At the foundation of any link building campaign lies the somewhat daunting task that is prospecting for sites. It is by no means a difficult task; but if it’s a big campaign you’re working on then prospecting is an ongoing process that, without the right tools, can use up a lot of time and resources. That being said, it is a necessary process. Finding the right sites to outreach to can potentially make or break a link building campaign.
There are a vast array of tools and methods out there to help with exactly this task, from specific link prospecting tools like the Prospecting Module built in to BuzzStream, to manually scouring Google with the assistance of the odd search operator.
These are all perfectly valid forms of prospecting, however when you’re looking for sites within specific niches with a minimum metric requirement, trawling through pages and pages of Google searches can prove to be a somewhat fruitless task. This is where SEMrush comes in.
For those of you unfamiliar with the service, SEMrush is a piece of online competitor analysis software. It’s a great tool that provides a range of metrics to help you analyse and understand your target market and the competitors within it. Unfortunately. it does cost a minimum of $69.95 a month; however for a digital agency or in house SEO team it is definitely worth the cost.
The interesting thing is that SEMrush is not really a prospecting tool nor is it marketed as such, yet personally, I find it to be the most powerful link prospecting tool I’ve used. So enough talk, let’s have a look at how to use it!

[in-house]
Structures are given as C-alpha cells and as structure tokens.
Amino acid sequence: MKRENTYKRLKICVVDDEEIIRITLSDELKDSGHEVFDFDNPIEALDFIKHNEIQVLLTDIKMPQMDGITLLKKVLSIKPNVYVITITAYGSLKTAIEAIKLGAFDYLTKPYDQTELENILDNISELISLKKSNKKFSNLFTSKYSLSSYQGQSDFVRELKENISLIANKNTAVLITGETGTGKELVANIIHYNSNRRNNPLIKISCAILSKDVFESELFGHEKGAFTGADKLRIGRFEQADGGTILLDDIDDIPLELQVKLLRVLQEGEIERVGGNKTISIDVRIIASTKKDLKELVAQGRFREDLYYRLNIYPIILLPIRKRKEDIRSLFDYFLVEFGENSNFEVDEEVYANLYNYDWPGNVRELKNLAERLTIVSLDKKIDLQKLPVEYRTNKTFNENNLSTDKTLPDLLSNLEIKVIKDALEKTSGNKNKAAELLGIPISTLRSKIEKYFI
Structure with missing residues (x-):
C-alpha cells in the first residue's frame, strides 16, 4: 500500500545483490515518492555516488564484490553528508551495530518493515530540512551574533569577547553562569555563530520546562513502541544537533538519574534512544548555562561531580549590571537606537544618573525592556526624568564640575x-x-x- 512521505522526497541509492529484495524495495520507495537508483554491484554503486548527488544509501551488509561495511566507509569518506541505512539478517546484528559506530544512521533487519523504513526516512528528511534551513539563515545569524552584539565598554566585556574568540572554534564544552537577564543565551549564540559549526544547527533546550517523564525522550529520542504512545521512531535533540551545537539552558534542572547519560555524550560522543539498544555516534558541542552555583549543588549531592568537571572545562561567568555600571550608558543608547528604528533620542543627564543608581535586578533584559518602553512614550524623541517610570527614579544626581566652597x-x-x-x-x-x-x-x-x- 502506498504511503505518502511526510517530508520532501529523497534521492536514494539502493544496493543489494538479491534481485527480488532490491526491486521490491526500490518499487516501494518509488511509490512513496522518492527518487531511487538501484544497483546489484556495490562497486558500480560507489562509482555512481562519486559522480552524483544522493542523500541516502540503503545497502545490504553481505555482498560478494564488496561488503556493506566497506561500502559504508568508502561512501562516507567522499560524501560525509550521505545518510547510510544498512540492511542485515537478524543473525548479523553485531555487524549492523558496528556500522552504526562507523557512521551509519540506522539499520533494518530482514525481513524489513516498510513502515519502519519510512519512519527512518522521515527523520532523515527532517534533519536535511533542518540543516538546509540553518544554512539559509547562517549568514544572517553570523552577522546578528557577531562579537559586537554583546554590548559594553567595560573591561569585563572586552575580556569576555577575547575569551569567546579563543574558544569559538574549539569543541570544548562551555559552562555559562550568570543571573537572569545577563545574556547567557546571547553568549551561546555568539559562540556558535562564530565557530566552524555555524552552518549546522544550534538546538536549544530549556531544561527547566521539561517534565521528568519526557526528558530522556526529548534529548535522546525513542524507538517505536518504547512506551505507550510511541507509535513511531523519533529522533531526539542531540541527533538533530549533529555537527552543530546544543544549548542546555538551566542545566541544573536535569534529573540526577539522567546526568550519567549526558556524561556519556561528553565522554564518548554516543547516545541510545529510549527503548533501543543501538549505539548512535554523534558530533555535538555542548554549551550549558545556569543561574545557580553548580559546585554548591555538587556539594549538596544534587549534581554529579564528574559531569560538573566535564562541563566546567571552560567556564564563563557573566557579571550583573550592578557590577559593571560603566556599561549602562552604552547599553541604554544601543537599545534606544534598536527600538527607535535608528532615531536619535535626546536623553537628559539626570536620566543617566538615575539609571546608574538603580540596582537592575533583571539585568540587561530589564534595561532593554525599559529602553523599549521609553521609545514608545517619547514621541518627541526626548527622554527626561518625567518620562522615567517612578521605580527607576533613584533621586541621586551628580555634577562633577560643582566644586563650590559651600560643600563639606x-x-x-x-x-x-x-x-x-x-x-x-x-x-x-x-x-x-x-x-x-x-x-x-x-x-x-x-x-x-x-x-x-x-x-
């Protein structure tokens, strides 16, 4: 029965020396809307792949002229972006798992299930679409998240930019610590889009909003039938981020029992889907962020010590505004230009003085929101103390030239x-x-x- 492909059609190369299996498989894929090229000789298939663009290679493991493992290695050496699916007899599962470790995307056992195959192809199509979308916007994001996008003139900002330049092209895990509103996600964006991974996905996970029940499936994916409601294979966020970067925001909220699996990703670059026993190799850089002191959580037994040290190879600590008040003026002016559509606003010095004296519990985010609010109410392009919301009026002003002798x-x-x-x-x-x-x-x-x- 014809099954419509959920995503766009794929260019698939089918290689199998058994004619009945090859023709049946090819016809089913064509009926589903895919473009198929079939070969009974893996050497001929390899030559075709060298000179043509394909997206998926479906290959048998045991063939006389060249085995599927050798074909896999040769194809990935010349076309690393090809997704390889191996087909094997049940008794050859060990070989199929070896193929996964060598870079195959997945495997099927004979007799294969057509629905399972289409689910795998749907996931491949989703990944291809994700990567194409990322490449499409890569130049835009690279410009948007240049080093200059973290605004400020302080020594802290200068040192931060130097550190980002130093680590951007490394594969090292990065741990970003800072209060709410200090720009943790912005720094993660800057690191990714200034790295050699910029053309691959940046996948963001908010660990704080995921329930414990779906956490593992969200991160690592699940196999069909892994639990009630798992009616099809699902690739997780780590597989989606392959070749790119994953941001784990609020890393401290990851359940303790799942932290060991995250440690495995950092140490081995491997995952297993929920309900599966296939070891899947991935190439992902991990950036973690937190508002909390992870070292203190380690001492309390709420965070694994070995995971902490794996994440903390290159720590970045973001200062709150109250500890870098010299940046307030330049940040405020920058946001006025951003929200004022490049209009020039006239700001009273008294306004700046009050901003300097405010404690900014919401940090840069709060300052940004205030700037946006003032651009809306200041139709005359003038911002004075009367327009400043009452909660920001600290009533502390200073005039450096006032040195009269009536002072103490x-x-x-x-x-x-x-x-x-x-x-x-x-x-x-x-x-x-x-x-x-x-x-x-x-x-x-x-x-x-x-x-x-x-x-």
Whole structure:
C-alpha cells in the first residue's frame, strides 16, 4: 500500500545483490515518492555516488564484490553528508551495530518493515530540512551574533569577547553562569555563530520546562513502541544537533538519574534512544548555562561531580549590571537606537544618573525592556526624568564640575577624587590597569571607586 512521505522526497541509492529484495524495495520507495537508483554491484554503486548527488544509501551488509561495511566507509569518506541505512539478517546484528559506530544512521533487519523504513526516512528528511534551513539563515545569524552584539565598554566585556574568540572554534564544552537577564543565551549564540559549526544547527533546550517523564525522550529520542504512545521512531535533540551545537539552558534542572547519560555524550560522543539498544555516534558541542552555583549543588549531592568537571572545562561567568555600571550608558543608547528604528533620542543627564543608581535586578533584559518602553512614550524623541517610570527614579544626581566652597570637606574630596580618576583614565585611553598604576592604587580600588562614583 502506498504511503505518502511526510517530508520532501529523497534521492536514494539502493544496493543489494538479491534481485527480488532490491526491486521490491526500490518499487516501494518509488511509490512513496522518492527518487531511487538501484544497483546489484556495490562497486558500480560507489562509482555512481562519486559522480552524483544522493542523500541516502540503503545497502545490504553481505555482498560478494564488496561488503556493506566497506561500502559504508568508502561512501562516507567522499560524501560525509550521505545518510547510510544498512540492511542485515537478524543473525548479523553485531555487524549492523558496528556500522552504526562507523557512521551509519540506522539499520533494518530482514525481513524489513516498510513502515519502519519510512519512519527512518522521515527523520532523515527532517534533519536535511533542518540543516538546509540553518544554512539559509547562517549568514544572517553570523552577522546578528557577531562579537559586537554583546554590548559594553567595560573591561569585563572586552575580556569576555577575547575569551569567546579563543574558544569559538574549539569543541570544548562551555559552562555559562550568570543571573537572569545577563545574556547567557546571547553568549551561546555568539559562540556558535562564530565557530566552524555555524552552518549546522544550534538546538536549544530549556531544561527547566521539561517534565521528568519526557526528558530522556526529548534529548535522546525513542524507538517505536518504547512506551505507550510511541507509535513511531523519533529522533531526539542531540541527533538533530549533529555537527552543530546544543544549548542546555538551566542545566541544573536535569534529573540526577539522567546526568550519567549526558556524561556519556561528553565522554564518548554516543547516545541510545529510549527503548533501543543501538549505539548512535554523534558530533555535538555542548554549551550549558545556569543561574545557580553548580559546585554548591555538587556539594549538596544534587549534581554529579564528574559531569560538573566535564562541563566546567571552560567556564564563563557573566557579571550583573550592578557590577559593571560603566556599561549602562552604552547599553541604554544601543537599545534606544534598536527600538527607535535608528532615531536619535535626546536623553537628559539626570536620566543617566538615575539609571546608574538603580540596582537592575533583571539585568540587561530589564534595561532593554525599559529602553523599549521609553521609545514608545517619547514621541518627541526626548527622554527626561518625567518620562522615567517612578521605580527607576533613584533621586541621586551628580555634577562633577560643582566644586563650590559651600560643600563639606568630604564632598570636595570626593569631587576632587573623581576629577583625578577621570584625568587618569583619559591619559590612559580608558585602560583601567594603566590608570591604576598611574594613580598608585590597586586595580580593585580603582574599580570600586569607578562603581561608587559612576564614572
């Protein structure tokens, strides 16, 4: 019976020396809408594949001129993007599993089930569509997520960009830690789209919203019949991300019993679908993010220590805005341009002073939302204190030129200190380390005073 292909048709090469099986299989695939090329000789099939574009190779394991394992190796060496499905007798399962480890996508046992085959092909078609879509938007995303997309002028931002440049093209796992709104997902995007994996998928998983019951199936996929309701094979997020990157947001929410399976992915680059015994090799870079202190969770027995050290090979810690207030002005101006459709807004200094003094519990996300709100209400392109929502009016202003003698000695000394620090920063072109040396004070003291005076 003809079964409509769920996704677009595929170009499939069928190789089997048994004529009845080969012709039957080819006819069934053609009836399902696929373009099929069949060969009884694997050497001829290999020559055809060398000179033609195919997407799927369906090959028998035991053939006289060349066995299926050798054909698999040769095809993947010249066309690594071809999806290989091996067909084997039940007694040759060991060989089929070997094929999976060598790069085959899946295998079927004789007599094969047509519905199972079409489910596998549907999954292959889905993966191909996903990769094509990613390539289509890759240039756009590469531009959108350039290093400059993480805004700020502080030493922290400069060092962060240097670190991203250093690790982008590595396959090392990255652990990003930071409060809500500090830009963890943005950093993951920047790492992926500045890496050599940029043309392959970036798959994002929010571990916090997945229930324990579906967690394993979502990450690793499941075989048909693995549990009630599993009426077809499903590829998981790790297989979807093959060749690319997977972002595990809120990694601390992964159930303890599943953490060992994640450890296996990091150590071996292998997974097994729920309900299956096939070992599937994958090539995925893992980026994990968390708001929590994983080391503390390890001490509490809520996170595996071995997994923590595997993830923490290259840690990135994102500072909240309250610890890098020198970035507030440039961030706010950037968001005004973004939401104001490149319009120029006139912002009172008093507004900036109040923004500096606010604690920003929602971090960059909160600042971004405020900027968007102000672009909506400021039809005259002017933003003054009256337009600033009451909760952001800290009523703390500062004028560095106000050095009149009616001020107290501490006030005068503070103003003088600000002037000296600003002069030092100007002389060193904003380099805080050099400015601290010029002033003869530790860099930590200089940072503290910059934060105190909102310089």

Most of my own prospecting process takes place within the “Organic Research” section of the SEMrush control panel, specifically the “Competitors” subsection. This part of SEMrush allows you to view all the competitors of a domain based on organic search; it does this by looking at the highest ranking search terms for the domain and then it will display other sites that rank for the same terms.
Let’s use the tech site engadget.com as an example. SEMrush will look at the keywords that engadget ranks for in organic search (e.g. galaxy note 3, nokia Lumia, 1020, google t, etc) and will then display any other sites also rank for these terms starting with the sites with the most keywords in common.
The list that SEMrush then churns out is a perfect source of high quality, niche specific sites that are currently listing in google organic searches for at least a few terms; exactly what a prospector needs. This list can then be used in whatever way works best for you, I tend to open up the sites directly from SEMrush to check them out manually however, it may be necessary to carry out further analysis, in which case you can export the sites you’ve found to an Excel file!
Admittedly, in comparison to using tools like Buzzstream, this method leaves you doing the rest of the work manually (i.e. gathering email addresses, carrying out the outreach, etc), yet I find that when it comes to finding high quality sites within a specific niche, everything you need is right there in SEMrush.